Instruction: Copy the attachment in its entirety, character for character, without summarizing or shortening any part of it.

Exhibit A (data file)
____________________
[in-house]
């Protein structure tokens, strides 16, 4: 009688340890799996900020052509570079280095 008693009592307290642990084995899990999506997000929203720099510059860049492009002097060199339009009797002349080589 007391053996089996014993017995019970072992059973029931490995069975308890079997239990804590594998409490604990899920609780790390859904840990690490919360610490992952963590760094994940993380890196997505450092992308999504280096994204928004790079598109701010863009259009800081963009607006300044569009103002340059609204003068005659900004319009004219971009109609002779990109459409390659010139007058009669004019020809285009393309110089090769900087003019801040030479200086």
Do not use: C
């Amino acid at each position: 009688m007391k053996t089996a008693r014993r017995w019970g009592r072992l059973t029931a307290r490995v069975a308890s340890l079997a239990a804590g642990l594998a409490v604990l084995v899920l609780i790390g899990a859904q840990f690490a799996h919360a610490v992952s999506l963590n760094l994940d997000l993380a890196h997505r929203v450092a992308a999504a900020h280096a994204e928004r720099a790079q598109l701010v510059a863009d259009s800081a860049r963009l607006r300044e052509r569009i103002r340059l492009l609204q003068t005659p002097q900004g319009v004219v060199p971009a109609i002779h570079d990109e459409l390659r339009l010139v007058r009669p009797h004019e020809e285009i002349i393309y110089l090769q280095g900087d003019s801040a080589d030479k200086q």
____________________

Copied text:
[in-house]
């Protein structure tokens, strides 16, 4: 009688340890799996900020052509570079280095 008693009592307290642990084995899990999506997000929203720099510059860049492009002097060199339009009797002349080589 007391053996089996014993017995019970072992059973029931490995069975308890079997239990804590594998409490604990899920609780790390859904840990690490919360610490992952963590760094994940993380890196997505450092992308999504280096994204928004790079598109701010863009259009800081963009607006300044569009103002340059609204003068005659900004319009004219971009109609002779990109459409390659010139007058009669004019020809285009393309110089090769900087003019801040030479200086």
Do not use: C
């Amino acid at each position: 009688m007391k053996t089996a008693r014993r017995w019970g009592r072992l059973t029931a307290r490995v069975a308890s340890l079997a239990a804590g642990l594998a409490v604990l084995v899920l609780i790390g899990a859904q840990f690490a799996h919360a610490v992952s999506l963590n760094l994940d997000l993380a890196h997505r929203v450092a992308a999504a900020h280096a994204e928004r720099a790079q598109l701010v510059a863009d259009s800081a860049r963009l607006r300044e052509r569009i103002r340059l492009l609204q003068t005659p002097q900004g319009v004219v060199p971009a109609i002779h570079d990109e459409l390659r339009l010139v007058r009669p009797h004019e020809e285009i002349i393309y110089l090769q280095g900087d003019s801040a080589d030479k200086q």